A New York federal judge gave preliminary approval last month to an agreement by Deutsche Bank AG to pay investors and others $60 million to settle claims that it engaged in illegal price-fixing of the gold market. U.S. District Judge Valerie Caproni said the agreement between Deutsche Bank and investors and traders who brought the suit against the bank and others appeared adequate. The order said: “The court preliminarily finds that the settlement encompassed by the Settlement Agreement raises no obvious reasons to doubt its fairness.”
Judge Caproni also appointed Quinn Emanuel Urquhart & Sullivan LLP and Berger & Montague PC as co-lead counsel for the settlement class for settlement purposes only. The settlement class includes anyone who sold physical gold or derivatives based on gold or bought gold put options on COMEX or other exchanges from Jan. 1, 2004, through June 30, 2013.
The parties had asked Judge Caproni to grant preliminary approval to the settlement on Dec. 2, saying it would potentially benefit thousands of class members. The agreement also calls for Deutsche to provide information to assist with the ongoing action.
Documents provided by Deutsche have already led to further claims against the banks. The investors have asked the court’s permission to file a third amended complaint to incorporate information they said would show Deutsche and UBS AG traders engaged in coordinated activities and exchanges of confidential information as well as the existence of a conspiracy prior to 2006, even though Judge Caproni has already dismissed such claims.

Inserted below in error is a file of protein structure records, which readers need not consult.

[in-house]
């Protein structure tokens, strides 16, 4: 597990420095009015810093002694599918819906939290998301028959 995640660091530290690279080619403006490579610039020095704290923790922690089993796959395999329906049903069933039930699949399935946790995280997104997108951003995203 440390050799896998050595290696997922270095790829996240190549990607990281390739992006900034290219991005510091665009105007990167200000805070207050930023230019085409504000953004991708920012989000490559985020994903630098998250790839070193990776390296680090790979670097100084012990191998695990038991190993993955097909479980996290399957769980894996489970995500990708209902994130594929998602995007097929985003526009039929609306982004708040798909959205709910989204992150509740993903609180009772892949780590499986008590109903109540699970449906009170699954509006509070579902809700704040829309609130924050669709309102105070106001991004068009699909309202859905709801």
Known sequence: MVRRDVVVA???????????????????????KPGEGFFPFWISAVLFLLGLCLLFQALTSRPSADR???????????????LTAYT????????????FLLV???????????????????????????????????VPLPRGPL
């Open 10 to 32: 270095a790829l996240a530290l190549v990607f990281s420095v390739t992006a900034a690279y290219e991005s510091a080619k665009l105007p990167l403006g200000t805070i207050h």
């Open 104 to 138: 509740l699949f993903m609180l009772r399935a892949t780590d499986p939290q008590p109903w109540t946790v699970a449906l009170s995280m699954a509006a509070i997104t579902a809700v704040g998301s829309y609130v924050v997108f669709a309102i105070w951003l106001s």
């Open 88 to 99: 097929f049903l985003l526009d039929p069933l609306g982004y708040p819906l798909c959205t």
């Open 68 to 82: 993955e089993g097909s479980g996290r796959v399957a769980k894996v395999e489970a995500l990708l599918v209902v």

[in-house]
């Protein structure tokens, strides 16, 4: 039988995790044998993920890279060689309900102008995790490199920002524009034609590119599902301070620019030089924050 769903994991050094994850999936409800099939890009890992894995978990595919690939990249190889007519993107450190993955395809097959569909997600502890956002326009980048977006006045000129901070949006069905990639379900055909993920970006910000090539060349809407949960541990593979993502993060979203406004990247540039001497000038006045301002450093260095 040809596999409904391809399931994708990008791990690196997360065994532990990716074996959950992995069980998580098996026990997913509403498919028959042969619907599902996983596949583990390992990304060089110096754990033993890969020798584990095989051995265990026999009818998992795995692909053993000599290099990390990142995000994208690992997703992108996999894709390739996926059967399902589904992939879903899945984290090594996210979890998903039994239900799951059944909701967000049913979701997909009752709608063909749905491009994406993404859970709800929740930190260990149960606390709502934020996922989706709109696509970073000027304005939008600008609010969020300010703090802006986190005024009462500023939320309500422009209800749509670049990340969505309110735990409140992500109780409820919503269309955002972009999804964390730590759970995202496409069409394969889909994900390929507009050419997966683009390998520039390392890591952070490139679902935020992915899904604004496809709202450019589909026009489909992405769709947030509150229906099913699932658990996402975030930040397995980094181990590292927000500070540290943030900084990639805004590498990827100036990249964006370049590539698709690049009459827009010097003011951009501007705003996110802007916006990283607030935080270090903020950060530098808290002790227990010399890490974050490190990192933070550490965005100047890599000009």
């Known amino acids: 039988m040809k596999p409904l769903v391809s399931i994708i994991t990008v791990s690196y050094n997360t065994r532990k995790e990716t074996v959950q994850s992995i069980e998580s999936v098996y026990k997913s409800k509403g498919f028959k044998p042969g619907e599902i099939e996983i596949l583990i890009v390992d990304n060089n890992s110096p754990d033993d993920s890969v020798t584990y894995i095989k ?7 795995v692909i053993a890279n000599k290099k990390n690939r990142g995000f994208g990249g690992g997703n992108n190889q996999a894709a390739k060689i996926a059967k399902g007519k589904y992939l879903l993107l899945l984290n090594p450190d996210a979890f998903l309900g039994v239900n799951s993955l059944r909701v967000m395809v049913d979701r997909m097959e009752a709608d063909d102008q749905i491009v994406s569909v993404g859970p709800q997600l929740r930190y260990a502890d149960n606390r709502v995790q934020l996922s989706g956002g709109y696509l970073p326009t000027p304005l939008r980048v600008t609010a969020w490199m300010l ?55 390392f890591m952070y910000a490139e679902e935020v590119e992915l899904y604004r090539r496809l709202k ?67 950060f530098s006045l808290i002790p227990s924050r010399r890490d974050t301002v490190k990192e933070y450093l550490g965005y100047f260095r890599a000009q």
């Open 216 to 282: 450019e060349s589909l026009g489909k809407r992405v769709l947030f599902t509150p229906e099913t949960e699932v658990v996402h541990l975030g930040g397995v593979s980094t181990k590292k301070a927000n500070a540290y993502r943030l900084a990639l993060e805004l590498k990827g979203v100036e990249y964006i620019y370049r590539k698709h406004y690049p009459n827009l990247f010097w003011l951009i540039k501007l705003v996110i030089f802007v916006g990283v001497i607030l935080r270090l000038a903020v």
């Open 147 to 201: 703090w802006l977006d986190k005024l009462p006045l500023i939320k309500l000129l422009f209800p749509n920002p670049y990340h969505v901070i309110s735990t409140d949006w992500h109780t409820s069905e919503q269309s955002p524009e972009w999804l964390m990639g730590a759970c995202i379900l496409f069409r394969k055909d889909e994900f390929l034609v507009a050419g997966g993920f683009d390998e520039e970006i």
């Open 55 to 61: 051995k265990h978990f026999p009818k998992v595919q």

UBS has fought back against the request, saying the investors are trying to retool their theories about UBS’ role in the alleged scheme and are changing the fundamental nature of the suit from a benchmark manipulation case to one over spot market order manipulation.
The putative antitrust class action was originally filed in March 2014 alleging that big banks conspired to manipulate the London gold fix, which is used as a benchmark to determine the price of gold and gold derivatives.
In addition to UBS and Deutsche, the investors have alleged that HSBC, Societe Generale SA, The Bank of Nova Scotia and Barclays participated in the scheme. The banks set the London gold fix – which dates to 1919 – twice per day through conference calls, once in the morning and once in the afternoon. The chairman proposes an opening price, and firms declare how many bars of gold they want to buy or sell at that price based on client orders and their own proprietary needs. The price is increased or decreased until supply matches demand, at which point the price is declared fixed.
The Plaintiffs are represented by Daniel L. Brockett, Daniel P. Cunningham and Steig D. Olson of Quinn Emanuel Urquhart & Sullivan; and Merrill G. Davidoff, Michael C. Dell’Angelo and Zachary D. Caplan of Berger & Montague. The multidistrict litigation (MDL) is In Re: Commodity Exchange Inc., Gold Futures and Options Trading Litigation in the U.S. District Court for the Southern District of New York.